Of course it is easy to argue that the riding experience on a Spyder is not very much like a motorcycle at all, especially when it comes to leaning over into a curve which is, let’s face it, a big part of the thrill of riding a two-wheeler. I won’t dispute that, but only offer that from the perspective of someone who does a lot of both kinds of riding, I don’t find either superior—only different. I can do things on a Spyder that I would never attempt on a bike, and vice-versa. And once you learn to handle a Spyder correctly—which is admittedly a bit of a learning curve—only the most proficient of motorcycle riders will be able to stay with you in the mountain curves. I have proven this to many disbelievers in the past couple of years, and won a few bets along the way.
And then there is another consideration—that being the distinct advantages the Spyder offers to certain segments of the riding populace. I could list at least a dozen people I know of who had to give up riding two-wheelers for one reason or another, who are now back on the road thanks to the inherent safety and stability features of the Spyder. Just this past year my good friend Mike, a lifelong motorcyclist who had to hang up his helmet due to the onset of Parkinson’s Disease, was able to ride around New Zealand with me on a Spyder, thus fulfilling a personal dream that he couldn’t have on a normal bike. I have also lead more than a half-dozen wounded war veterans on Spyder rides—heroes with missing or disabled hands, feet, arms and legs. Spyders can be very viable riding machines for these people, usually with little or no modification. And that runs true also for riders with less complex disabilities, like a bad knee that won’t hold a bike up at a stop, or a simple case of vertigo. For all of these dedicated motorcyclists who thought they could no longer ride, the Spyder has been an absolute godsend.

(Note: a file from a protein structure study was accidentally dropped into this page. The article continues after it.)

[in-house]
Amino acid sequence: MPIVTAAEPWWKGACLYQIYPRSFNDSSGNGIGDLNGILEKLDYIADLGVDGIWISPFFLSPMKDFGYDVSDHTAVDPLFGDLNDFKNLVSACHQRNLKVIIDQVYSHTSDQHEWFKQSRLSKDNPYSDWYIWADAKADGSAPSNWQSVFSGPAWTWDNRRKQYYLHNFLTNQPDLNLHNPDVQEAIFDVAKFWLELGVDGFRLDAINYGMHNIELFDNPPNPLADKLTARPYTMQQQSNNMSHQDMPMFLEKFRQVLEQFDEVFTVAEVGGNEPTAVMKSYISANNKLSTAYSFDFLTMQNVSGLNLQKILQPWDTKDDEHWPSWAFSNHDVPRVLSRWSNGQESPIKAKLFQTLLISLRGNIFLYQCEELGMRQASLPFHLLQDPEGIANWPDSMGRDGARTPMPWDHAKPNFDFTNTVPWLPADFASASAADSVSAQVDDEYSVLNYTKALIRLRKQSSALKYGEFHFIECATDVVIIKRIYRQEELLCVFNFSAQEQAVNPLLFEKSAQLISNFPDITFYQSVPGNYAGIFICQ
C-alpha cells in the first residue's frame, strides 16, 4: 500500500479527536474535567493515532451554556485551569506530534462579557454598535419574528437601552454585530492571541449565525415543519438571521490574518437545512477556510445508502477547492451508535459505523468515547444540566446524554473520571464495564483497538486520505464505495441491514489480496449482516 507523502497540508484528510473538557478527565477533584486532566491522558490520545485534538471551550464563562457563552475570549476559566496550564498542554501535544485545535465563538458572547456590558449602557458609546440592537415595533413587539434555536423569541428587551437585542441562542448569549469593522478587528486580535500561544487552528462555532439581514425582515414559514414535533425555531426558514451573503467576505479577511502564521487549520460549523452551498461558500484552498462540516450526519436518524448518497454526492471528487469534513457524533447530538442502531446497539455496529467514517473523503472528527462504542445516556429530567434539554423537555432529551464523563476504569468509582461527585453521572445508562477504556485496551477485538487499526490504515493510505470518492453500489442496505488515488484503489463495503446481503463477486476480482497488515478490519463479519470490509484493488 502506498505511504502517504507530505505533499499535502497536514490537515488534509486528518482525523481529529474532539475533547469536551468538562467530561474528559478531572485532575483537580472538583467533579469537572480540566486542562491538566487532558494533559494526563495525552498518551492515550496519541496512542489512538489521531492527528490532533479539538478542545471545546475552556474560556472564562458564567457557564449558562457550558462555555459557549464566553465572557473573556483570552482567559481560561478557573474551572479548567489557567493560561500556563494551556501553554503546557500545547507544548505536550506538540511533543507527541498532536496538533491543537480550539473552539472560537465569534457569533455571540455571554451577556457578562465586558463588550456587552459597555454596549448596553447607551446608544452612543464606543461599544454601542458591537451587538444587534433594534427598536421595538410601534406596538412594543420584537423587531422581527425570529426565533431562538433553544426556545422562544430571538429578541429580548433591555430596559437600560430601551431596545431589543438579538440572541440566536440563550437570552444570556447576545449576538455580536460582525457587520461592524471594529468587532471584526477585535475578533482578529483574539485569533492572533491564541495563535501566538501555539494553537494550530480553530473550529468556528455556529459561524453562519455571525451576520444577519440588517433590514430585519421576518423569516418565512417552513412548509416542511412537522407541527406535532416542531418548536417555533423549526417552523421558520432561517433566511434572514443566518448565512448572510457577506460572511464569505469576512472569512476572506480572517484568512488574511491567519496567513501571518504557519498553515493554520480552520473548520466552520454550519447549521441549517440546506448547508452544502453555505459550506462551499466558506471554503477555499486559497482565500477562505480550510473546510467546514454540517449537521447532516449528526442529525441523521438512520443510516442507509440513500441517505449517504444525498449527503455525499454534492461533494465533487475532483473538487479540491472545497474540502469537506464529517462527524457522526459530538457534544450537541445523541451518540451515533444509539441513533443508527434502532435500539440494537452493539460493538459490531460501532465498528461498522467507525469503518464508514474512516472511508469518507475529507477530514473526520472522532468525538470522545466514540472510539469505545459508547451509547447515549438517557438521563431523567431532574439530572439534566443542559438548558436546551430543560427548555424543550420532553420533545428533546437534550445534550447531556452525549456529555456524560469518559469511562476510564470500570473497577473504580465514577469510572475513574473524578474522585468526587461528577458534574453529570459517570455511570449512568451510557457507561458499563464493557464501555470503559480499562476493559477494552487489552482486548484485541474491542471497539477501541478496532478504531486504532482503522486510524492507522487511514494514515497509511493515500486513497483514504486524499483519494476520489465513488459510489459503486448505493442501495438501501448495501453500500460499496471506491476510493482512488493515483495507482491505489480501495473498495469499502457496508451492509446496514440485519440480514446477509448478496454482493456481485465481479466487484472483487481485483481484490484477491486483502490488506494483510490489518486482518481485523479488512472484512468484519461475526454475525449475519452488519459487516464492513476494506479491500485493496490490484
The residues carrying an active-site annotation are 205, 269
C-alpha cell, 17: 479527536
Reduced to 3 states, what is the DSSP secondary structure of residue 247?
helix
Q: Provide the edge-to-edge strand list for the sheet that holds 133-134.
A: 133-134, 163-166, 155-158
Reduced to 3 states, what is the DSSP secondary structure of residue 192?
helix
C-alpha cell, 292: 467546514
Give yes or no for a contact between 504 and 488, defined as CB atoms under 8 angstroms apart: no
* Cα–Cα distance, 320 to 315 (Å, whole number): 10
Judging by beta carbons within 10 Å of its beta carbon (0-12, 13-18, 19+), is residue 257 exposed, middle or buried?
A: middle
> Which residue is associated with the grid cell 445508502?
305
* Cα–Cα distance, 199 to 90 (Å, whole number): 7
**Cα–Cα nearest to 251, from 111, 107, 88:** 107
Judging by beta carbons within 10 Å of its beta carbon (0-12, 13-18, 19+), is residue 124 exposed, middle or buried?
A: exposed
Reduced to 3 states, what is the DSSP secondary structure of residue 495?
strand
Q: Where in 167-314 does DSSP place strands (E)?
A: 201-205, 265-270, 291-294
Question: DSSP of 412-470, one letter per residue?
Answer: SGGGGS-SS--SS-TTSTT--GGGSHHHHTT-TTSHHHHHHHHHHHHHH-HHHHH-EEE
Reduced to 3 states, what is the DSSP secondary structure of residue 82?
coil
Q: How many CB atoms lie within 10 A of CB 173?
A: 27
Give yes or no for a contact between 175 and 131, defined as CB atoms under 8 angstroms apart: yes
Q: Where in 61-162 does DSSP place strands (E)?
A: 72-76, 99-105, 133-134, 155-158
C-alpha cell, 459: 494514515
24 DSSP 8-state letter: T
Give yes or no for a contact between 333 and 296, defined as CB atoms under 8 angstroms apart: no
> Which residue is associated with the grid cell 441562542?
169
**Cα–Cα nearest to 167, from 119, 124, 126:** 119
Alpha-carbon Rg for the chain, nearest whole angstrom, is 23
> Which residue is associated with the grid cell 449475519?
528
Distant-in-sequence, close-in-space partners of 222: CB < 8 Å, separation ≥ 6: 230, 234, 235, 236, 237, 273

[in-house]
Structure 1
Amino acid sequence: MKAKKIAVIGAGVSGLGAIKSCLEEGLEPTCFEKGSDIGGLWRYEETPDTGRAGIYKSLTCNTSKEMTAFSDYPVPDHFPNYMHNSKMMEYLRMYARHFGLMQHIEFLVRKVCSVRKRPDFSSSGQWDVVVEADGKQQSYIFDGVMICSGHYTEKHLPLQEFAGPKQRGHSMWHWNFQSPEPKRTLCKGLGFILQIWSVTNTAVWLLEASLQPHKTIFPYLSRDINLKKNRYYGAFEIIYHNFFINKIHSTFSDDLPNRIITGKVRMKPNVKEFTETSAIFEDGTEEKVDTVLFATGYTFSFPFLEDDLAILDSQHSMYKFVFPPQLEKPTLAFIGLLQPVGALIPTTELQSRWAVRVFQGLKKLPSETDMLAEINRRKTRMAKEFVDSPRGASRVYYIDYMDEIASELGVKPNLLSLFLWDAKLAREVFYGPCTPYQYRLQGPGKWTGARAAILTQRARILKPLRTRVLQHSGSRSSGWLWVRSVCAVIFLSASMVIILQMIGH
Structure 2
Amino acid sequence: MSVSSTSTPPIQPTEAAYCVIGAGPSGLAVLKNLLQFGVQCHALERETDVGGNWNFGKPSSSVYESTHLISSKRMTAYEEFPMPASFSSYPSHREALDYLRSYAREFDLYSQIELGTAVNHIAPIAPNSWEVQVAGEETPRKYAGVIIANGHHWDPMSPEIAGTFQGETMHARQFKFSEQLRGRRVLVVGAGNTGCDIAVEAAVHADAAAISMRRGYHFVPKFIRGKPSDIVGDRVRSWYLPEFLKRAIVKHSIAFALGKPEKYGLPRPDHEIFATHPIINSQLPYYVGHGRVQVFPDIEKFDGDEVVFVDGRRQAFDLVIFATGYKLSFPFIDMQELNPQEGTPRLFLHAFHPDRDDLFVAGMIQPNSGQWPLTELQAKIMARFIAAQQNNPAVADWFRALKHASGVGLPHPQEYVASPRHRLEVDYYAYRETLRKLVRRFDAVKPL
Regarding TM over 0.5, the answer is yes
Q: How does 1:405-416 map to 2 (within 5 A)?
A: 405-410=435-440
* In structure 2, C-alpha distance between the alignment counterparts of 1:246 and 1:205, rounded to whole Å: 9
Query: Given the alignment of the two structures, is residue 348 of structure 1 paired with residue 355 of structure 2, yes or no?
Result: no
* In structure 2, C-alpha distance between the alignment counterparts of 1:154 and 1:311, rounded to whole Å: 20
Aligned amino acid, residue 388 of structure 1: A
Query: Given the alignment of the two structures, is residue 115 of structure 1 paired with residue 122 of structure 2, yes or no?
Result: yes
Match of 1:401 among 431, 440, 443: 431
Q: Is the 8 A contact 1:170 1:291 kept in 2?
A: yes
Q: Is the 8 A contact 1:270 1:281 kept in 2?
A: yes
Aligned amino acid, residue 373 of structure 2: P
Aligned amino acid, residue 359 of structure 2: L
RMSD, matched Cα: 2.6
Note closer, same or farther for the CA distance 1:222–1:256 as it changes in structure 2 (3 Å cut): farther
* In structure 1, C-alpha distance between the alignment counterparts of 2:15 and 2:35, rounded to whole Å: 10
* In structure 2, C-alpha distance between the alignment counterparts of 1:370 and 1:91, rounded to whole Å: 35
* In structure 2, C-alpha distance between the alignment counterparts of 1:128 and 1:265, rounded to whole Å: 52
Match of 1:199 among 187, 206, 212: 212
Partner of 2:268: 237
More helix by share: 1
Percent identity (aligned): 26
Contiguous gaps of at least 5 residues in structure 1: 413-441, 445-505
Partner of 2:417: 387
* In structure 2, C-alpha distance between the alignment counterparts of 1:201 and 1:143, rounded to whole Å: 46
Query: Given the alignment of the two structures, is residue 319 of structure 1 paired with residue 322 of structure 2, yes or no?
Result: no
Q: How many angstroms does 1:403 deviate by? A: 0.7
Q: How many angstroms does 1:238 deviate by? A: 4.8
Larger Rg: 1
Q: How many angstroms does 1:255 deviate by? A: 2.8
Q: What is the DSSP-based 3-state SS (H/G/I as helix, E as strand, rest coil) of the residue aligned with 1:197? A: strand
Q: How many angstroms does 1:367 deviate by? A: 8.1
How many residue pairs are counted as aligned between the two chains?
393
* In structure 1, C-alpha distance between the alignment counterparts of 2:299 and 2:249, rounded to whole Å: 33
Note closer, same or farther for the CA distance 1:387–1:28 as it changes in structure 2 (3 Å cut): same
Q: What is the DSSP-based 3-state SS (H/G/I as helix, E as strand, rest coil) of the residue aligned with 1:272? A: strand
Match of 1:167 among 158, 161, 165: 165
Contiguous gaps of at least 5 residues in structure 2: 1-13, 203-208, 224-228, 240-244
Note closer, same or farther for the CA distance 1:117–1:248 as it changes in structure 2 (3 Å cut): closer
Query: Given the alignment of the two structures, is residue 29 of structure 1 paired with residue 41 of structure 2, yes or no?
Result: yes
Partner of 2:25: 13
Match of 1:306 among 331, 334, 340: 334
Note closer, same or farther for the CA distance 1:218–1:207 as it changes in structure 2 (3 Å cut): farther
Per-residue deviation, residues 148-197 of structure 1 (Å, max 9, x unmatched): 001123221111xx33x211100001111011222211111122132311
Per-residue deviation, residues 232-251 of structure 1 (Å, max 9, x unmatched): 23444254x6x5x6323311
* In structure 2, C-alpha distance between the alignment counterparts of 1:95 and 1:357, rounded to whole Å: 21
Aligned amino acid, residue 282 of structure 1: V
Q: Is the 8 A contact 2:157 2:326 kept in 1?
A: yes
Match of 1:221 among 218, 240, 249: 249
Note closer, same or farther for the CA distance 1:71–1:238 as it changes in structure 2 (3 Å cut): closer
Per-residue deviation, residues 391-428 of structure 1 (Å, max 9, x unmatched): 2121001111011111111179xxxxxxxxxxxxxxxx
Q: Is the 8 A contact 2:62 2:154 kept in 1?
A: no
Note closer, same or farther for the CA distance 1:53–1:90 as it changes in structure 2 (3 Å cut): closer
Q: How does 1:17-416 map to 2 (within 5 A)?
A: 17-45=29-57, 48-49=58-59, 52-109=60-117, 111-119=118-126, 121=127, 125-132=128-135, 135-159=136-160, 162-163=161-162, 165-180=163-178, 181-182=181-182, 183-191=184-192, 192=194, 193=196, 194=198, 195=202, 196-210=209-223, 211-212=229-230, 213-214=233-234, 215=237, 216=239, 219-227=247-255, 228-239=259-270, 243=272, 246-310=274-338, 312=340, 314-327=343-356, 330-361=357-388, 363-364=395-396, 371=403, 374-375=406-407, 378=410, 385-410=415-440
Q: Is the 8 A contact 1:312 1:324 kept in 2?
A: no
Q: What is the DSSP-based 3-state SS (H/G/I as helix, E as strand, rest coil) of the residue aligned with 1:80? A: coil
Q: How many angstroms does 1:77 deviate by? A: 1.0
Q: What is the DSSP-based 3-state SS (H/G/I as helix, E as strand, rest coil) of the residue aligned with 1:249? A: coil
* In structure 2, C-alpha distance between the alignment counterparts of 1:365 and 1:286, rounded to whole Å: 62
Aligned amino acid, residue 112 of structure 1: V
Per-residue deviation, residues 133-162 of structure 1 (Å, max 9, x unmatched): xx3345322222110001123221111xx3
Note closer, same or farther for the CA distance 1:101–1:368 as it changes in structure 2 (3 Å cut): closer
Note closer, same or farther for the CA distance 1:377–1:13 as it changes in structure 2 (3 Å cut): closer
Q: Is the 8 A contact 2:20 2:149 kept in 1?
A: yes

And finally, there’s the “better half” equation. How many riders do you know that would love to have their wives or girlfriends along for the ride, but just can’t talk them into it? I could easily name at least two dozen couples I know of where the wife would either never ride on the back, or only on occasion, who now are willing to ride almost anywhere, any time, simply because they feel so much safer and more comfortable on the back of a Spyder. In fact in many of these cases, after a year or two on the back, these women end up learning to ride and buying a Spyder for themselves! I don’t think it would be a stretch to say that the Spyder has saved more than a few marriages.
I find it odd that so many of my riding acquaintances, on noting that I have taken to riding a Spyder, say things like, “So, you’ve given up riding motorcycles?,” or “I like riding bikes too much to start riding one of those things.” Somehow, they seem to think that no one could possibly enjoy both, or that riding either one means that you couldn’t possibly ride the other anymore. This I find patently ridiculous. I still ride bikes, and enjoy them as much as I ever have. But I enjoy riding a Spyder just as much, just as I still like driving sports cars or flying sailplanes.
Why limit yourself?